Sleep deprivation among overworked big rig truck drivers is a well-known safety hazard on the highways. For years there have been political, regulatory and court battles over which driver fatigue and hours-of-service regulations should be implemented.
It is intuitive common sense that sleep deprivation reduces alertness in any job, including one that involves operating an 80,000 pound vehicle across the county on our highways so that dozing off can be a major threat to safety of others. Truck drivers are not different from the rest of us. They just operate bigger machines on the roads.
Now we have a little more science to explain the need for sleep. Researchers at the University of Rochester have found that sleep serves a function of cleaning out toxic waste products produced by cells in the brain that accumulates while we are awake. Those byproducts include beta-amyloid protein, clumps of which form plaques found in the brains of Alzheimer’s patients. Other neurodegenerative disorders, such as Parkinson’s disease or chronic traumatic encephalopathy, are also associated with a backup of too much cell waste in the brain.
Thus, sleep has been called the “ultimate brain washer.”
As we sleep, neurons shrink, widening channels for cerebrospinal fluid to flush out metabolites, cellular waste products, twice as fast. This a network that drains waste from the brain, called the glymphatic system, works by circulating cerebrospinal fluid throughout the brain tissue and flushing waste into the bloodstream, which then carries it to the liver for detoxification and elimination. All of us need sleep to allow this to happen.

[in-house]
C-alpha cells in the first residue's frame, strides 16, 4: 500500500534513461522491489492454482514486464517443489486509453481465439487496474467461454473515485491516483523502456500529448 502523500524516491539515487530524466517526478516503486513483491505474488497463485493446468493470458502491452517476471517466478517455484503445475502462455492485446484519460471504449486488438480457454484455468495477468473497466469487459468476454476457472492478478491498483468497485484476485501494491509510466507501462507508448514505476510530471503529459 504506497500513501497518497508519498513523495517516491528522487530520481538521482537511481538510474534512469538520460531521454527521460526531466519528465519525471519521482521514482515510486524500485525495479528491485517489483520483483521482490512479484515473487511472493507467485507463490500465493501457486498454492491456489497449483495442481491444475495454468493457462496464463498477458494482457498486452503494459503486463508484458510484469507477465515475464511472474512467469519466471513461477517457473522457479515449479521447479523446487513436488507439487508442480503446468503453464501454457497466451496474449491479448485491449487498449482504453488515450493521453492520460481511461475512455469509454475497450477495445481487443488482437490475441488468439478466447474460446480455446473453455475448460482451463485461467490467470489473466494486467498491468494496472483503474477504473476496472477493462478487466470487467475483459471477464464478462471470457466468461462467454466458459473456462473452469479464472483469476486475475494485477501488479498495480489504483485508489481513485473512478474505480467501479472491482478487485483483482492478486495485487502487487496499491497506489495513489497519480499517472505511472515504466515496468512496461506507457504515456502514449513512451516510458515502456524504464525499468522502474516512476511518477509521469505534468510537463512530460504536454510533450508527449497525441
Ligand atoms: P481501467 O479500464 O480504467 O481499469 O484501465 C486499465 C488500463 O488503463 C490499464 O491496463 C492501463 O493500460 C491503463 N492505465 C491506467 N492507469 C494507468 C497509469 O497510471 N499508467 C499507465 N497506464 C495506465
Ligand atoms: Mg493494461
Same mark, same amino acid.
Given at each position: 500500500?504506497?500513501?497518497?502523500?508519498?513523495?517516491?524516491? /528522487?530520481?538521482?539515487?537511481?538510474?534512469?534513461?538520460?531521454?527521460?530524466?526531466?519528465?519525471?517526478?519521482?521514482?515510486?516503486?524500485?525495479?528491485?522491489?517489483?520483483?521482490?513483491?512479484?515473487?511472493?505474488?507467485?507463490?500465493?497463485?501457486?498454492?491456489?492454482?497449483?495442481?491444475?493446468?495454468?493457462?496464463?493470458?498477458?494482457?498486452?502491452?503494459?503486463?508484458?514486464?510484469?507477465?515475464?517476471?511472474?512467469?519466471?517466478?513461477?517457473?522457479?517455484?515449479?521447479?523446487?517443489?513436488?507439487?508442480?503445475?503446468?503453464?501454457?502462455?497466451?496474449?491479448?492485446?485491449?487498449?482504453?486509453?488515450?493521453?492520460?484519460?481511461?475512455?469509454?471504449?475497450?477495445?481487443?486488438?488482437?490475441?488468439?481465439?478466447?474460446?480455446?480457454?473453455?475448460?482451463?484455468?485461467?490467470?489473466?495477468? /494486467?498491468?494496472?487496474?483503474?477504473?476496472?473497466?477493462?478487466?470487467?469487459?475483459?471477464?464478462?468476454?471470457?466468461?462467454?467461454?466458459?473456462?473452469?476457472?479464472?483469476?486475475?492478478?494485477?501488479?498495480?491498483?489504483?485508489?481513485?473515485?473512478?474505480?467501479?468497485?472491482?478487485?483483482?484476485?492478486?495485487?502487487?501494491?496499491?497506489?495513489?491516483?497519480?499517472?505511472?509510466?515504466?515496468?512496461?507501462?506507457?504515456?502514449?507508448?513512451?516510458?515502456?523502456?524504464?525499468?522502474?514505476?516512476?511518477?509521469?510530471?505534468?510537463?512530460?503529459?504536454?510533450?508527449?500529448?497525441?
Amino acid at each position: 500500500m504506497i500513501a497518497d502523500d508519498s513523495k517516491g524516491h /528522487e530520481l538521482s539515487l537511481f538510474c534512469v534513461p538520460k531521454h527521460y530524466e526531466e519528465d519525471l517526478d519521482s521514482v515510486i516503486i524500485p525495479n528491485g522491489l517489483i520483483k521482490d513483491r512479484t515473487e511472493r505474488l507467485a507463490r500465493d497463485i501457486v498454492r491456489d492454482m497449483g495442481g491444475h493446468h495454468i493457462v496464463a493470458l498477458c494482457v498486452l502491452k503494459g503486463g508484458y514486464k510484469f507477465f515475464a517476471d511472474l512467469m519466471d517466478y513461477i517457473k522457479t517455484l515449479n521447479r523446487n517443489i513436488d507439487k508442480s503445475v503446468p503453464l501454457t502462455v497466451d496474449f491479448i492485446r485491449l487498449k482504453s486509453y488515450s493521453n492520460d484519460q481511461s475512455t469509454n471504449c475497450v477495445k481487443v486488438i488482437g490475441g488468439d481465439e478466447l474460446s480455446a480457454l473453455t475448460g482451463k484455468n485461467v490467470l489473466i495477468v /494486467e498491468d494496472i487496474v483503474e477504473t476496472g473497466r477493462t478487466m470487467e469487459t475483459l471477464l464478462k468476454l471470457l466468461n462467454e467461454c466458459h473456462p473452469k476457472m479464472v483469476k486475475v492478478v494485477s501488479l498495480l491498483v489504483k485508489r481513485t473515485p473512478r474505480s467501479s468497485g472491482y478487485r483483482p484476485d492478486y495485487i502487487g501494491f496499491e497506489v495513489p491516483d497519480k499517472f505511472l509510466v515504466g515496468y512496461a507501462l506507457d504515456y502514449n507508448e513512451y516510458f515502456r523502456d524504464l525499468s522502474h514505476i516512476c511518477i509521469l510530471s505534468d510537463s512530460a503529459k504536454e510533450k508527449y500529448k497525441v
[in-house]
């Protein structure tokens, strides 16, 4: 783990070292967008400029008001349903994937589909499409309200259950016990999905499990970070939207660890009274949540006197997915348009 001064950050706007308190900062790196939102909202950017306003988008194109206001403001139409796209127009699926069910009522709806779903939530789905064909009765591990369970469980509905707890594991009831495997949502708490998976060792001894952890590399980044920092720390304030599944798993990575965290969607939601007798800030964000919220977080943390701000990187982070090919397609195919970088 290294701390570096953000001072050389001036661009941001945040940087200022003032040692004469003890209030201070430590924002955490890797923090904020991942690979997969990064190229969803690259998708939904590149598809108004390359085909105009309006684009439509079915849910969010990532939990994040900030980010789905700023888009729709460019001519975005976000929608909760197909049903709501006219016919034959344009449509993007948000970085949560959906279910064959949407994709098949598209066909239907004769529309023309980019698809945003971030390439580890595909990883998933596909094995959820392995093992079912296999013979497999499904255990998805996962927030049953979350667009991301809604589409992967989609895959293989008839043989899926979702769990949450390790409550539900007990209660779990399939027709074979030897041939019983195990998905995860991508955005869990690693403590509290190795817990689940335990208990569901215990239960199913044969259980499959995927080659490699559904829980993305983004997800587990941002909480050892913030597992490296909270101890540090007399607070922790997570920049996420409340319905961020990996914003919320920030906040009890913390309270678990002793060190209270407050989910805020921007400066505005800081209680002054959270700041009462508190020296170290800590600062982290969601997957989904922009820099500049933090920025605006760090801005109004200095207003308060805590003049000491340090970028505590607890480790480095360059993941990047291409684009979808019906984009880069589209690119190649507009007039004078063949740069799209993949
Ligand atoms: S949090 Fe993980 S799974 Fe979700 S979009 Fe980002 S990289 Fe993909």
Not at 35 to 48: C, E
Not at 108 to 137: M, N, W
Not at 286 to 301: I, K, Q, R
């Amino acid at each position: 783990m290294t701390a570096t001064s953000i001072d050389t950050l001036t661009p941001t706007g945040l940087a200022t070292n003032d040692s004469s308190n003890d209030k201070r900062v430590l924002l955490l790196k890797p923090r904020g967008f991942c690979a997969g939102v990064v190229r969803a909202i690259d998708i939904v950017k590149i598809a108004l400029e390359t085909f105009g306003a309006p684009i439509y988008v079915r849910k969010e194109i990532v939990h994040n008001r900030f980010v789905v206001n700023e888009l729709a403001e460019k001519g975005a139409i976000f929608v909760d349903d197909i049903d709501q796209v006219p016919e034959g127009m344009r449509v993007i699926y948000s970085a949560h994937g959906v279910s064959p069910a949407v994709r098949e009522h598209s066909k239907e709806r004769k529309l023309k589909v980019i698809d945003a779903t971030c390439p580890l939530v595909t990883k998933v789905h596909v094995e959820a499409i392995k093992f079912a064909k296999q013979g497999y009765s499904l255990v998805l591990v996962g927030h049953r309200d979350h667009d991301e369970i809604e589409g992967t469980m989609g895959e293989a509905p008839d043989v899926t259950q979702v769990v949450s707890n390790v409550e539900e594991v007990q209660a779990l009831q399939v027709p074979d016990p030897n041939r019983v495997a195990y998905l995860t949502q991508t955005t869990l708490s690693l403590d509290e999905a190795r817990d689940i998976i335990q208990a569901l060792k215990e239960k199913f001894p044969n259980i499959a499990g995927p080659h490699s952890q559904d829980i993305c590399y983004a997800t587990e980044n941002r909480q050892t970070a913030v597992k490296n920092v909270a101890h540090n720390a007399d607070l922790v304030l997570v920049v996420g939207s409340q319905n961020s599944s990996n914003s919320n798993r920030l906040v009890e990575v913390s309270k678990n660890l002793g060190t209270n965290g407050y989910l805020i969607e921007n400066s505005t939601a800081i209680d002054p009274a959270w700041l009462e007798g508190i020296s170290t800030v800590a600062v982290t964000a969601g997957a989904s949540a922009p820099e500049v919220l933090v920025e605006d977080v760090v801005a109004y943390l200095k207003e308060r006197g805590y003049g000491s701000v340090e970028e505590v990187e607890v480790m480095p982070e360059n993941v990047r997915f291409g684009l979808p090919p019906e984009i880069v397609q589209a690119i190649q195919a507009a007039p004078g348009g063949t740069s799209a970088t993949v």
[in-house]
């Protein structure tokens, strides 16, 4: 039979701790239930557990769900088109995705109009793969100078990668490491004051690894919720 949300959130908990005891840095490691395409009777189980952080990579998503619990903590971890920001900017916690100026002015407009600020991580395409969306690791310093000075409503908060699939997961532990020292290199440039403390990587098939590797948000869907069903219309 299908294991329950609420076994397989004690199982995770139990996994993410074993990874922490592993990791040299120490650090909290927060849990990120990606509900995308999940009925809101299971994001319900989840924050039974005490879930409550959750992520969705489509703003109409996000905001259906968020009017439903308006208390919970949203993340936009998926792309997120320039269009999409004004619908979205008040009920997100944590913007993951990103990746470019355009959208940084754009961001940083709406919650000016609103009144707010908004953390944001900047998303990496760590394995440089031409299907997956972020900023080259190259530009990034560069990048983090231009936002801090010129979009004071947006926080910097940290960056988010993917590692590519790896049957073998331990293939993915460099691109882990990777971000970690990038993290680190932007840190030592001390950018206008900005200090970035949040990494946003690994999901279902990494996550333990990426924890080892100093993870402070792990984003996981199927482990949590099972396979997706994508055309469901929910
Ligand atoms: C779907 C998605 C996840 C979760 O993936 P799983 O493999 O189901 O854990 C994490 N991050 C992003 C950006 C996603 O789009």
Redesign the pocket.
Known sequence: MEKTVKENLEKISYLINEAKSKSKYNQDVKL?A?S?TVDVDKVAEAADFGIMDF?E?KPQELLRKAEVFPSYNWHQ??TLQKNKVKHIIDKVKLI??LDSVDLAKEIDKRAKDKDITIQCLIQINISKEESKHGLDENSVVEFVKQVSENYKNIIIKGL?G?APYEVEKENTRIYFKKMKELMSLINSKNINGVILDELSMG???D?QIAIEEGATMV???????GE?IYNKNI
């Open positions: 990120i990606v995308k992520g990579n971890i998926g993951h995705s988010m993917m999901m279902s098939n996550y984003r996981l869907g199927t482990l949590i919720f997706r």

When we become chronically sleep derived, gunk builds up in our brains. As most of us have experienced, too little sleep causes slower reactions, worse decision making, mental fog and crankiness. If sleep deprivation persists, it can cause increased risks of migraines, seizures and even death. As the body craves sleep, it will take precedence over our work duties.
In my law practice, I have often discussed fatigue issues with truck drivers. One who stands out in my memory was a trucker from Ohio who reluctantly admitted in deposition that his entire log was falsified to make his trips look good. But the truth was that he had been driving 20 of the previous 24 hours when he hit a family and killed their son. His plan to was to make a quick turnaround in Atlanta and go straight back to Ohio. If he had made it that far, he would have been driving for something like 32 hours out of 40. His employer had no system in place to guard against that. A federal judge stated in an order that the company “turned a blind eye to safety.”
Other interstate truck drivers have told me informally, sometimes over many cups of coffee at a Waffle House or truck stop along the interstate, of being pressured by trucking companies, shipper and brokers to make delivery runs that could not possibly be made without violating hours-of-service rules. Sometimes there are long delays in getting loads, which they are then expected to get across the country by a delivery deadline that is not adjusted to the load time. The entire malfunction of the logistics system is dumped on the weary shoulders of a truck driver who is only human.
That is why in trucking cases we seek the root cause of a crash, which often is in the company’s management system that ignores the body’s need for rest, rather just a tired driver’s actions in the last ten seconds before a crash.
Most of us who have endured long periods of chronic sleep deprivation due to demands of work, parenting or other activities, can relate to the effects of chronic fatigue and sleep deprivation on professional truck drivers. While there is a temptation to take pride in ability to soldier on without adequate sleep, biology ultimately catches up with us all.
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